With all the tender loving care we could muster, we prepared the new home for this tree. Now we wait. Nature needs to do the rest.

And if it doesn’t take, I’m just going to keep trying, all the while debating whether I will do so covertly, or choose to continue chronicling the possible repetition of failures.

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Written by johnwhays

November 3, 2016 at 6:00 am

No Fish

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One of the things that seems so sad about the failure of our 3rd transplanted maple tree in the labyrinth is how many hundreds of volunteer maples are sprouting in unwanted locations around our house and yard. A less stubborn (and probably smarter) person would likely make the obvious choice of moving one of these hearty little yearlings to the center of the garden, but not me.

I have been bound and determined to get a head start on a future giant center piece for our labyrinth by planting a tree taller than me with an already good-looking crown of leaves. When Cyndie suggested buying a tree with an established root-ball, I countered that I preferred one from our property, and each time my attempt fails, I am going to pick an even taller one next, to make up for lost progress.

If necessary, in a few years I will hire a truck with a giant conical tree spade to dig up a 10-year-old beauty, I’ll dismantle rock paths to make room for it to back into the center of the garden, and they can plop down a transplant that won’t dare fail.

I’m finding that it might be easier to replace rocks for the labyrinth path than get a tree to survive being transplanted to the middle.

A few days ago, a person who shall remain nameless, to protect their anonymity, dropped off a small fish for our landscape pond. Cyndie learned about it after dark, and went out with a flashlight to check. Yep, she confirmed, there was a fish swimming in our pond.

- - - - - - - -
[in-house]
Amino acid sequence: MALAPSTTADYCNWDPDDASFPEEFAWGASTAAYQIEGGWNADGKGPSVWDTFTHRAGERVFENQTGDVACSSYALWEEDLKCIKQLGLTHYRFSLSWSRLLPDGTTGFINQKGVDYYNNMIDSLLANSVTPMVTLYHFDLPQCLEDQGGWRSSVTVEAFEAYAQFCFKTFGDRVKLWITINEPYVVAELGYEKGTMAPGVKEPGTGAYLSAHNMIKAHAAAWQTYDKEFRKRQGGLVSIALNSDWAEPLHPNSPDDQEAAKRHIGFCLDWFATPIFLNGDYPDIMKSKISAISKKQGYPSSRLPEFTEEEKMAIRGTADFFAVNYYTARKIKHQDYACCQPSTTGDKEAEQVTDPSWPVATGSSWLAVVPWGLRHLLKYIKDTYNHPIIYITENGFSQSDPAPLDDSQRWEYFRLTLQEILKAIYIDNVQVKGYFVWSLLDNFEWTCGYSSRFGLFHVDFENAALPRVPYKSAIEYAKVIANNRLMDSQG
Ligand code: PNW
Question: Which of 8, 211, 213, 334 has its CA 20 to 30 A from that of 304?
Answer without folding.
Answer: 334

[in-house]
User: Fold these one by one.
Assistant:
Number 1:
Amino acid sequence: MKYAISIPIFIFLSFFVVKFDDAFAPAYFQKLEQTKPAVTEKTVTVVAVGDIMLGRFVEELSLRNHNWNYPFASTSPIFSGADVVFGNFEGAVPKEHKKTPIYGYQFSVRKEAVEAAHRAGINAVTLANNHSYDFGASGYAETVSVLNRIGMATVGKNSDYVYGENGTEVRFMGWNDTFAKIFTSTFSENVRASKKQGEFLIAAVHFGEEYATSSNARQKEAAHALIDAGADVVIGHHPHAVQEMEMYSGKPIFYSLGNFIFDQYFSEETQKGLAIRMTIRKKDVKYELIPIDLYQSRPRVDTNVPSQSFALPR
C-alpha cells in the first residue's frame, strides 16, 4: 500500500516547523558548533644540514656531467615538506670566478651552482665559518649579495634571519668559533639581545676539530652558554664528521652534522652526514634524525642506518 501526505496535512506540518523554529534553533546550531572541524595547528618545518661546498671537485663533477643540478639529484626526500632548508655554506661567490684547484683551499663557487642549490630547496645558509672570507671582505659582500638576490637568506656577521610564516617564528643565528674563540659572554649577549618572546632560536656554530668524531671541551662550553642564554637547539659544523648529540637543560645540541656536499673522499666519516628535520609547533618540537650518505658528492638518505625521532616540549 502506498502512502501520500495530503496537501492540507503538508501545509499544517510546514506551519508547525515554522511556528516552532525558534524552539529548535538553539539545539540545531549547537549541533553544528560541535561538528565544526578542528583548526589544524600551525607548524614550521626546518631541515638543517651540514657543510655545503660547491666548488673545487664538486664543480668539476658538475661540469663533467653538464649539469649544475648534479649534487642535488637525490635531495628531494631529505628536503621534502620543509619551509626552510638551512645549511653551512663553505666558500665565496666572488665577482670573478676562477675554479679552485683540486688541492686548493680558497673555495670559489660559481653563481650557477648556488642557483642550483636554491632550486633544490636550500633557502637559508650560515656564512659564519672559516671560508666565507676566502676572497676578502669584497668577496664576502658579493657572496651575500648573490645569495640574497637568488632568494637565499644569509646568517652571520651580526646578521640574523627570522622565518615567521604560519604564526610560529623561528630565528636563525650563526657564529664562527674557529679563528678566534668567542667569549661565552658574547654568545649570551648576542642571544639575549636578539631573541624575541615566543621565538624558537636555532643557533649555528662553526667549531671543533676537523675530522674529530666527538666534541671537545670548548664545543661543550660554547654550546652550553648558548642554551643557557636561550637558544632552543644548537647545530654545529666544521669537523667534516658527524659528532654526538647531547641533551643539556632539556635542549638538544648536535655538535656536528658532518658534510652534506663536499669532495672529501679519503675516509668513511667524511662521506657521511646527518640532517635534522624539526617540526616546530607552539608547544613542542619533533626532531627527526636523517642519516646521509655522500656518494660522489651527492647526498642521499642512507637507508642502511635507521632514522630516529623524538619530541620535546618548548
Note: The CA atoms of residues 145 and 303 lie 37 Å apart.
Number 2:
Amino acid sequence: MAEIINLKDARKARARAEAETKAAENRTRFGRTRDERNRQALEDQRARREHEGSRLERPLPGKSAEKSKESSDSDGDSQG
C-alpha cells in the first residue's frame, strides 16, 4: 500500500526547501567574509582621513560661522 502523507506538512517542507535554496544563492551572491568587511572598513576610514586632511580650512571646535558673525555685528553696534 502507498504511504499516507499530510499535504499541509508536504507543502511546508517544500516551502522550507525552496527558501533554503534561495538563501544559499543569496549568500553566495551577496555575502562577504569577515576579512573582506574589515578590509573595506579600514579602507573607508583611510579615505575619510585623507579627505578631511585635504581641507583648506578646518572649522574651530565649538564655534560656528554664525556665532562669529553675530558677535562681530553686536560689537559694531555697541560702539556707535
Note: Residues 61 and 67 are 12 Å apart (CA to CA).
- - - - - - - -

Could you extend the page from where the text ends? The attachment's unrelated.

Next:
That’s the last time the fish was seen. I wouldn’t have been surprised to learn it didn’t adjust to the move, if we had found it floating days later. I never suspected it wouldn’t survive the first night and would disappear without a trace. Did a predator —probably raccoon— really find and dispatch it that swiftly?

IMG_iP1366eMaybe it is just hiding really well, like the hidden growth of roots on the transplanted tree. Maybe the tree isn’t actually dead. It might just be taking a year off to develop roots, instead of sprouting leaves.

On Monday, I went to see a home game of the MLB Twins at Target Field with Rich, Jill, and Bob. It’s not a good sign that my only photo taken that night was of the giant display screen blazing the weather radar as the PA voice announced the game was being postponed.

I’m experiencing a trend. No tree, no fish, no baseball.

One of these tomorrows, I sure hope that sun comes out, and soon!

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Written by johnwhays

May 11, 2016 at 6:00 am

Flower Blossoms

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Our crab apple tree is fuzzy with flowers today, and the giant allium beneath it is making its way to spectacular. The changes at this time of year are noticeable almost by the hour. A little rain, followed by warm sunshine, and growth practically explodes in every direction.

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At the same time, I am discovering that we have a few late-blooming trees, maples, I believe, that look dead next to others that have already leafed out completely. This is our third spring here, and I am becoming aware of more and more about our property that escaped my attention the first two years, due to my being overwhelmed by it all. Does that imply I am becoming dulled to some of the glories of this place? That would be sad.

No, I don’t think that is the case, although there are certain aspects of managing 20-acres that tend to take less mental space when you gain the experience of a couple years. Even though I’ve seen trees die every year, I’ve seen so many more sprout, some of them at a surprising rate of growth. I am less inclined to fret over individual incidents now that I have gained the perspective of a few cycles of the growing seasons.

Even the snapping branches during previous storms, which caused me significant trauma to witness at the time, has been revealed to me to be a common and often recoverable situation. I have come across trees in our woods that look to have been severely damaged years ago, but which have simply sprouted new growth off the fractured limb and although funky looking, are functioning as much like a normal tree as all the other damage-free trees around them.

Our late-blooming maple trees are sporting buds now and will catch up in a blink. I don’t have to worry about them, which allows me to better absorb the beauty and wonder of all the blossoms decorating or fields and forest this year.

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Written by johnwhays

May 16, 2015 at 9:12 am